The past few months have been challenging but have also provided an excellent time to get creative with the way we share our work with the world. And while working digitally isn’t always the most practical, it can be highly effective in sharing your work with a wider audience. For example, in the first few months of lockdown I curated an online exhibition called Quarantine Connections, in which I invited a group of artists to use the platform of Google Streetview to take a 360 image of their quarantine workspace or artwork. This would then be uploaded to Google Streetview and displayed on a map of all the art venues in Liverpool, each venue being assigned to an artist which when clicked brings you to their 360 image for you to explore. This allowed us to exhibit all over Liverpool without leaving our houses.  https://nicolestiff2.wixsite.com/quarantineconnection

Do you have any advice for those starting creative degrees in the coming year? Particularly if aspects of their courses will involve remote learning.

My advice would be to think positively and not come into the degree thinking it’s going to be rubbish because its online, as remote learning will allow you to come up with solutions to problems that other artists haven’t had to deal with and will perhaps lead to new and more exciting work.

And finally! When the world slowly moves towards normality, what’s next on the horizon for you?

I was awarded a residency at The Royal Standard ( TRS ) and am excited to spend time with them, here I hope to develop my practice further and learn from the artists based there.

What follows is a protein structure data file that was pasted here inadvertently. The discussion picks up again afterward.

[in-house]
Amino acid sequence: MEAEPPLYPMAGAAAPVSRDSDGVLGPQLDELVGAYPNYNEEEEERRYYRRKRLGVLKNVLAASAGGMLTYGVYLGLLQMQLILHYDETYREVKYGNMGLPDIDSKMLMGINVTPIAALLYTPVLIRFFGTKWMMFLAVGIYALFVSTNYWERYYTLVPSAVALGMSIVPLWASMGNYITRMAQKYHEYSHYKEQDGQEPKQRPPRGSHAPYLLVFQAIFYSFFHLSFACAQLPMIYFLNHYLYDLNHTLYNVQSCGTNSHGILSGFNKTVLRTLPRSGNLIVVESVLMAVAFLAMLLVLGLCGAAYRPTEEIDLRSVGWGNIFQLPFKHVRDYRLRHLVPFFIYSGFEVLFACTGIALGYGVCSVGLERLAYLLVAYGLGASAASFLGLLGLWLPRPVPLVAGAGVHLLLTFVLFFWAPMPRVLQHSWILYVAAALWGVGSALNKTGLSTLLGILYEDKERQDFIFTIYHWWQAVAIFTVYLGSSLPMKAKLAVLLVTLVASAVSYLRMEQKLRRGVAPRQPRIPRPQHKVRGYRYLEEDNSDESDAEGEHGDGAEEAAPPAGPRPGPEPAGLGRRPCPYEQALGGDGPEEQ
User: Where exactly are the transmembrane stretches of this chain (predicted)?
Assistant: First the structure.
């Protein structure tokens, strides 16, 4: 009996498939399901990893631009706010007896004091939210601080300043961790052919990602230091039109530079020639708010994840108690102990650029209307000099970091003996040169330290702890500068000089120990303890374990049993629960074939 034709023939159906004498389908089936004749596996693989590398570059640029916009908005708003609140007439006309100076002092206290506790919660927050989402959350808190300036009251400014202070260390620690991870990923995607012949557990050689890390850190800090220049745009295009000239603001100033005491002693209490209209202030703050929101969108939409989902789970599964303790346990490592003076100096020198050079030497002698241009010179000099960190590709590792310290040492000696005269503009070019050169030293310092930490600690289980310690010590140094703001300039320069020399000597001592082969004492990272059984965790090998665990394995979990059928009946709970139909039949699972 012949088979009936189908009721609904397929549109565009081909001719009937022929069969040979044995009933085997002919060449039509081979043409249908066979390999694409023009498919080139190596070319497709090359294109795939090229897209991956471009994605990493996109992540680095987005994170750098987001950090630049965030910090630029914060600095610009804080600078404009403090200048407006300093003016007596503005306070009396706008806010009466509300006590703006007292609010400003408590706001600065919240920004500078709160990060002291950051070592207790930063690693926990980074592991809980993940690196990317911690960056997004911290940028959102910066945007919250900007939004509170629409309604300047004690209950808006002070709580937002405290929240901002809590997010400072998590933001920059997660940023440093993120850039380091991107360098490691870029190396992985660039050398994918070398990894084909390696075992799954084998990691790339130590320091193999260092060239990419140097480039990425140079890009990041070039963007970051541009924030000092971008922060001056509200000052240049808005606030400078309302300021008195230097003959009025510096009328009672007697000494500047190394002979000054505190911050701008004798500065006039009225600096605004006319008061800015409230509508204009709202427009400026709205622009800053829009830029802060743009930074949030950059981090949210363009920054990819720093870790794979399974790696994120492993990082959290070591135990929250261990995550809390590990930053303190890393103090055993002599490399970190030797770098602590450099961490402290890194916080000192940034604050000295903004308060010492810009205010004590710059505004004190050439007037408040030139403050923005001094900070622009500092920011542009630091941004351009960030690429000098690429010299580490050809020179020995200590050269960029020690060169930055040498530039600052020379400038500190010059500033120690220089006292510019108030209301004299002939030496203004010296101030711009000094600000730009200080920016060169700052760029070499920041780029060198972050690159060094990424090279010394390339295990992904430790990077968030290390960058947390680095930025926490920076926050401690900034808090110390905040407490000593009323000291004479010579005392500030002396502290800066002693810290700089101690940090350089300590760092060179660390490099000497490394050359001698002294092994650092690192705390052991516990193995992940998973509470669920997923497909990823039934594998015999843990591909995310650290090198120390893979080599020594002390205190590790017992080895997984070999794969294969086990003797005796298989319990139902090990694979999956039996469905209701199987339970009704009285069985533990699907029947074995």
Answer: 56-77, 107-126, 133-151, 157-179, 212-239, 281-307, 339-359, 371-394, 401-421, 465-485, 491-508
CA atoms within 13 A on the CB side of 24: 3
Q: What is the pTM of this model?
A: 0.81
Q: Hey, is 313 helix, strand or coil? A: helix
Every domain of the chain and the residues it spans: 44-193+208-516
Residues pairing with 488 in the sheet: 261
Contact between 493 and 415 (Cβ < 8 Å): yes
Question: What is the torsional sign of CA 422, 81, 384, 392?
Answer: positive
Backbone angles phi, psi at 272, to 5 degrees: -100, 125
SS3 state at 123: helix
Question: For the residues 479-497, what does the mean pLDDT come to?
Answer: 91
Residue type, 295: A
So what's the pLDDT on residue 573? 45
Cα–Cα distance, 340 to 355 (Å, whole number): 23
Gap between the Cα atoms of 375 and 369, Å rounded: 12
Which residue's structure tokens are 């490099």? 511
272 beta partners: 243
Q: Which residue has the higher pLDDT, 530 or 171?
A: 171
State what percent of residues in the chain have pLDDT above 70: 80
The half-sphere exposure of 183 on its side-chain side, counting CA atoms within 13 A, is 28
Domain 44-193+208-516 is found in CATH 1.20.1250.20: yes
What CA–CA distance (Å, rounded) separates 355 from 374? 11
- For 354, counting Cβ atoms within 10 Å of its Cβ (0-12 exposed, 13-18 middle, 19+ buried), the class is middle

Ashleigh Sands and Ella Crabtree


It’s been an extraordinary time for the arts and art education. Away from our galleries, our studios, tutors and peers, art lovers and artists have had to find new avenues to share our practices and ideas with the world. How have the last few months been as students and art makers?

We lived together for the whole of lockdown. This meant our minds merged more than ever before.  We had to overcome the obstacle of no studio and adapt to using our living room or garden or bathroom as a space to make work. Working together every day provided a routine and a sense of stability. The routine we slotted into actually made us the most productive we have ever been. We had a lot of support from our tutors and on top of once a week video calls, we were encouraged to contact any tutor whenever we felt it necessary. This support provided a bit of normality during the very abnormal times.

Could you introduce us to your practice, what materials do you love to work with, or particular themes you explore?